Energy and food production capacity are two of the most important human challenges for the future. The current and future demand for energy and the limited non-renewable fossil fuels make the search for new energy sources mandatory .
One possibility to produce energy is the use of biomass; depending on the feedstock, this option also involves associated problems, such as land degradation, deforestation, compaction, etc. . Another handicap is the increase in food prices caused by rising demand when the biomass is itself a food resource . So, nowadays, a safe, reliable, and efficient method for generating renewable biofuels reducing fossil fuel dependence is a major goal that must be met.
Biomass from oleaginous microorganisms is an attractive source of material for the production of renewable fuels and industrial products because a high productivity can be achieved . In this category, microorganisms with lipid content above 20% wt. are included . Some species of yeast, fungi and bacteria (heterotrophic microorganisms), and microalgae (eutrophic microorganism) are included in this category . The oleaginous microorganisms do not compete with human food and can be grown on land unsuitable for agriculture .
The use of microorganisms in the production of fatty acid methyl esters (FAMEs) used as biodiesel has been investigated in the last decade [8, 9]. However, this biodiesel is still not cost-competitive with conventional diesel . Some studies suggest that the production of microalgal biofuels is relatively close to being profitable, other studies show that “fuel only” is not economically feasible . The processes should be developed integrally to ensure its viability, with the use of the total biomass being the most suitable way to get an efficient process .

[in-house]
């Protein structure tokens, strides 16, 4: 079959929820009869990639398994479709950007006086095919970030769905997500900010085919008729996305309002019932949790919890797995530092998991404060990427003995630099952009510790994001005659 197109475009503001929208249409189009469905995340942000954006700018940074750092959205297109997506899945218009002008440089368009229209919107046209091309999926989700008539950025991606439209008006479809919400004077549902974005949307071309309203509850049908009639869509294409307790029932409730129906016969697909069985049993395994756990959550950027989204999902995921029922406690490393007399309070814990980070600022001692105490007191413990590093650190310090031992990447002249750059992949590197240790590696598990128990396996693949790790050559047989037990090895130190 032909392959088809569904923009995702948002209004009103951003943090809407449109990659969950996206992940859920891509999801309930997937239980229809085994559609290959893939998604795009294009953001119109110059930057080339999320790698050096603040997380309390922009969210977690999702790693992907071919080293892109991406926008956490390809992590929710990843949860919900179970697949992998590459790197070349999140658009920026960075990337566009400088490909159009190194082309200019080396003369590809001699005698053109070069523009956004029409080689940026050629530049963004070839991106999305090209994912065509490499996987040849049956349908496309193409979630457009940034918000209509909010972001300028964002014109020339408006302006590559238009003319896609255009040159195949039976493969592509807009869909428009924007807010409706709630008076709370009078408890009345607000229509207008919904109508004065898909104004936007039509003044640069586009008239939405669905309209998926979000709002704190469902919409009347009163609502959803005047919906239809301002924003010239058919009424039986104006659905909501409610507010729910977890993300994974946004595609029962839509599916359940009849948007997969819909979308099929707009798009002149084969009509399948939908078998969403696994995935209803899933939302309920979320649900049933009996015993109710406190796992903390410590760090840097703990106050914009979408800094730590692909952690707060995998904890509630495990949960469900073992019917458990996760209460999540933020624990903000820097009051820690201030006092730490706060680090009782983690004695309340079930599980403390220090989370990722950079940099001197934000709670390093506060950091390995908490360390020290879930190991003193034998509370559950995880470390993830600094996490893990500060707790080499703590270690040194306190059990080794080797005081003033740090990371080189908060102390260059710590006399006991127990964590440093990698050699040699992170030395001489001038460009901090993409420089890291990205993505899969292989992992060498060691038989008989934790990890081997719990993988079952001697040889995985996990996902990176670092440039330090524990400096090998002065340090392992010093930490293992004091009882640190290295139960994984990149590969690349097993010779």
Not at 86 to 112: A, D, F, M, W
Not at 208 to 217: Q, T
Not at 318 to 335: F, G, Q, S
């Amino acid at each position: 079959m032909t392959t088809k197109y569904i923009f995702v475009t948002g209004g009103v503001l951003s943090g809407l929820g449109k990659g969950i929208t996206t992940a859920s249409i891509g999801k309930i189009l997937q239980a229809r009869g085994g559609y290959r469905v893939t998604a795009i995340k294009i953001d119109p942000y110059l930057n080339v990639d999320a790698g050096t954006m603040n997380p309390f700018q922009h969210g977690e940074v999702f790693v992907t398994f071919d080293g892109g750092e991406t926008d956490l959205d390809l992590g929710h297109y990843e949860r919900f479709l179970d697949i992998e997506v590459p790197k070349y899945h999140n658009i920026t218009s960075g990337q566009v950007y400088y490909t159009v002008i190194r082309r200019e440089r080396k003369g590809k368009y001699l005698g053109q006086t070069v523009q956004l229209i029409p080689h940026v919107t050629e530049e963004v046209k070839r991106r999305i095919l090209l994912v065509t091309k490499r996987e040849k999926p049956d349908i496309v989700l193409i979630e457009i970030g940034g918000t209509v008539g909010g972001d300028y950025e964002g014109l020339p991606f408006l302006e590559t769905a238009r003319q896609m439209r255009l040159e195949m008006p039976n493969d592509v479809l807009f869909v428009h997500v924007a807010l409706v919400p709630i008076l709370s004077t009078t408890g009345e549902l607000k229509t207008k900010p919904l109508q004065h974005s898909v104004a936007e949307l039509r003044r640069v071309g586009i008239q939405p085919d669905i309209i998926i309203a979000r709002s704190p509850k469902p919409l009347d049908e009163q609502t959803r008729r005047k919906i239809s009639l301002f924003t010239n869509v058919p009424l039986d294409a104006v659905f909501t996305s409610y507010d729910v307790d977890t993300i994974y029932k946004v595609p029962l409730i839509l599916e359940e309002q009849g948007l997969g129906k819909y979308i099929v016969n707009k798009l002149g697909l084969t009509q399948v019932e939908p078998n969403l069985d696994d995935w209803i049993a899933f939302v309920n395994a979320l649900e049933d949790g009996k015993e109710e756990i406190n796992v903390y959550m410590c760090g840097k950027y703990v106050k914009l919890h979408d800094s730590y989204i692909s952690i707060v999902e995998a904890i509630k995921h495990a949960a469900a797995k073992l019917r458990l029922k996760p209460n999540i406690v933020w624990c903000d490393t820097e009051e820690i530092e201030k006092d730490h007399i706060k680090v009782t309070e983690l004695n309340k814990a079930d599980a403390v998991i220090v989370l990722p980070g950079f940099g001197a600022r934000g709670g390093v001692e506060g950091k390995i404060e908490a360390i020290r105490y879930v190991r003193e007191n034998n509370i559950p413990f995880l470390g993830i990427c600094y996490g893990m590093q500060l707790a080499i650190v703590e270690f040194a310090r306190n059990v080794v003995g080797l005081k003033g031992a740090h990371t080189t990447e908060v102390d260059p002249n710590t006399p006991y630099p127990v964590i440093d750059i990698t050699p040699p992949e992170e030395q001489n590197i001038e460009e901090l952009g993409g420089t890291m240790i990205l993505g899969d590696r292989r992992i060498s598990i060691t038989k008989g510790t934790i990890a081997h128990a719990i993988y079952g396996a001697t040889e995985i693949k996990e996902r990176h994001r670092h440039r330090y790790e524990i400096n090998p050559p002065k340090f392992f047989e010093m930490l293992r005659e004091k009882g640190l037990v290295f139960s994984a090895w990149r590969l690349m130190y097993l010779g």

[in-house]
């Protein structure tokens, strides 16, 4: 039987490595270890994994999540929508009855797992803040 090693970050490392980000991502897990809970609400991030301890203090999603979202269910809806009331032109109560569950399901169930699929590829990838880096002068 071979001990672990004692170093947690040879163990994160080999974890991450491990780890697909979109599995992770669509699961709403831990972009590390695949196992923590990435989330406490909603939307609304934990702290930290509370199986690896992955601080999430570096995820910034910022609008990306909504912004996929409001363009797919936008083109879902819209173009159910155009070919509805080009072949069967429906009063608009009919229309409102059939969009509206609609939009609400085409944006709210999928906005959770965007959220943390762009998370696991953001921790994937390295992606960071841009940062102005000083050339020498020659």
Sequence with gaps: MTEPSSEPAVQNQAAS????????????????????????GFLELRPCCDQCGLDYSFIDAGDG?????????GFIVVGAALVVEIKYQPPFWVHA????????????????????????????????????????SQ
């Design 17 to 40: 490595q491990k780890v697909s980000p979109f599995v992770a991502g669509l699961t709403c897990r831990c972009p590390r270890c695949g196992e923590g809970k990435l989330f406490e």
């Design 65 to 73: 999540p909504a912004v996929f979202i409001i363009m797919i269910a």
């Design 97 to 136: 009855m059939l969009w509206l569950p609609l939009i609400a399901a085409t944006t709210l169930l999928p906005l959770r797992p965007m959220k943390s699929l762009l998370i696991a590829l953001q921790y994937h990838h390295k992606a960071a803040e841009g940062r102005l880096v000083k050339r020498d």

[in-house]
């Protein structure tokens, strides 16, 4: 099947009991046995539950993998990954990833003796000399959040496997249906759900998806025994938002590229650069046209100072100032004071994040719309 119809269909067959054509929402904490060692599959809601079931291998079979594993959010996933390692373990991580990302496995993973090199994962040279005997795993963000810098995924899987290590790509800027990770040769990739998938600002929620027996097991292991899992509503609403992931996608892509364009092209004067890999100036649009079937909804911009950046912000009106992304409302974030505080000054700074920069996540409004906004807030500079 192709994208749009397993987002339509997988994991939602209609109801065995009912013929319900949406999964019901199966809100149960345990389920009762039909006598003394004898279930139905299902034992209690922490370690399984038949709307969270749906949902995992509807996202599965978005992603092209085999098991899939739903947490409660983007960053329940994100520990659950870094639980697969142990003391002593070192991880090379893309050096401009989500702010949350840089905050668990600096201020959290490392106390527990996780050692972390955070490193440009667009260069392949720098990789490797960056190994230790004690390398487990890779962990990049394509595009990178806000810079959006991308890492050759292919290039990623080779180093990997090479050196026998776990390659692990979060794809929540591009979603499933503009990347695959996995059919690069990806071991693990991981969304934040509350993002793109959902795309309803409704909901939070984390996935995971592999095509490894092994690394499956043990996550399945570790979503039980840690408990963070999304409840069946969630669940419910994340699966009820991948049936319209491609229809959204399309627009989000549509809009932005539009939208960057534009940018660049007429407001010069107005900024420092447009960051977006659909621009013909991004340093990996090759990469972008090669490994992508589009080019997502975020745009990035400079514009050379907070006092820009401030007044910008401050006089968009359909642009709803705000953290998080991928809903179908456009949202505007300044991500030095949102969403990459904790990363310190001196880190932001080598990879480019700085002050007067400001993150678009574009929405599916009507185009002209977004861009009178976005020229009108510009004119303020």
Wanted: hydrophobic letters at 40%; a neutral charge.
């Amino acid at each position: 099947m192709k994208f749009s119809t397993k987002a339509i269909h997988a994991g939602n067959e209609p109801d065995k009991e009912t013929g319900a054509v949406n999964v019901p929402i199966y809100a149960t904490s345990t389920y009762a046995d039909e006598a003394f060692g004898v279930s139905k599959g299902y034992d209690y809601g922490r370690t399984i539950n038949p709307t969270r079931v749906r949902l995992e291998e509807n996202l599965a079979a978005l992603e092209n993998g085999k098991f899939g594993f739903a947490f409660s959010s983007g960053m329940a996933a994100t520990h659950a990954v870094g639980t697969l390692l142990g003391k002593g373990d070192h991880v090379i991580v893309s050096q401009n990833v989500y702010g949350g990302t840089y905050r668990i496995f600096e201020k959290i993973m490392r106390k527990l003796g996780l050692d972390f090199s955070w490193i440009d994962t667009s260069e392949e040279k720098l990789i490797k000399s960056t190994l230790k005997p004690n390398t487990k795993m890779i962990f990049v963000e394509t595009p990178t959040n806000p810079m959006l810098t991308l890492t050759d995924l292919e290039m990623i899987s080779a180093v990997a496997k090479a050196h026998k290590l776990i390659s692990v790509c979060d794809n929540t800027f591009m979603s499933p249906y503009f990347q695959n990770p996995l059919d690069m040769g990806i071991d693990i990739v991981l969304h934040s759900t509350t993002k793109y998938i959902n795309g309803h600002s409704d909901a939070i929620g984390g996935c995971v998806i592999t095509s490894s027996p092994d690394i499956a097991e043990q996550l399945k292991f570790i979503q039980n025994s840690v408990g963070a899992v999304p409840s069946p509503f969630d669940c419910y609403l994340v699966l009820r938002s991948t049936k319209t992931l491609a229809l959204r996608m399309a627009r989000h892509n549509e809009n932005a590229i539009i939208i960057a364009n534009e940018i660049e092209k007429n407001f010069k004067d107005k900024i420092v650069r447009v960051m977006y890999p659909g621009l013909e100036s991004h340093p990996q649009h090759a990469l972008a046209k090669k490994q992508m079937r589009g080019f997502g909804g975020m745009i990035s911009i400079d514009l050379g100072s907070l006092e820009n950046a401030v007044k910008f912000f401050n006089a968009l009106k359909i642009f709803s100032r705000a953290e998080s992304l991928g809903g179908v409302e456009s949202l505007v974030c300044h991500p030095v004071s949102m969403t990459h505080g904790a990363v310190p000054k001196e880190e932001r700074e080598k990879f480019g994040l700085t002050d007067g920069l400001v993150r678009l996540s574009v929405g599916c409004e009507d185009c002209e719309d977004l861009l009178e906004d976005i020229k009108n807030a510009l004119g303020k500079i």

Some studies have examined the possibility of producing other energy vectors, such as bioethanol or biogas [13–15] but it involves loss of compounds that may have a higher value by themselves, such as carotenoids and astaxanthins, among others .
Biomass fractionation without damaging other fractions is one of the critical points for the development of biorefineries , and there are few studies about the extraction of more fractions as one of microalgal metabolites . If these fractions are not separated during biodiesel production, they would be lost as a residue or, as biomass with less value, fractions that are greater than the product generated in many cases .
The possibility of isolating high value compounds, other than lipids, has been studied in previous works [19, 20] although the concentration of these compounds is usually low and the large amount of residual biomass is not valorized. Carotenes are one of the lipids that have gained high interest. Carotenes are not suitable for biodiesel production; nevertheless, they have a high added value due to their photo-protective and antioxidant properties, their use as food colorants, or their ability to improve the stability of other oils [21, 22].
Apart from lipids, these microorganisms contain other compounds, such as proteins that can be used in animal feed and human food, antioxidants, or biofertilizer . Some algae species have, in their composition, large amounts of protein, and in some cases, their quality is similar to other rich protein foods, thus making them an interesting source of protein for the increasing future requirements . Some previous studies have investigated the combined benefits of anaerobic digestion and amino acid extraction from microalgae .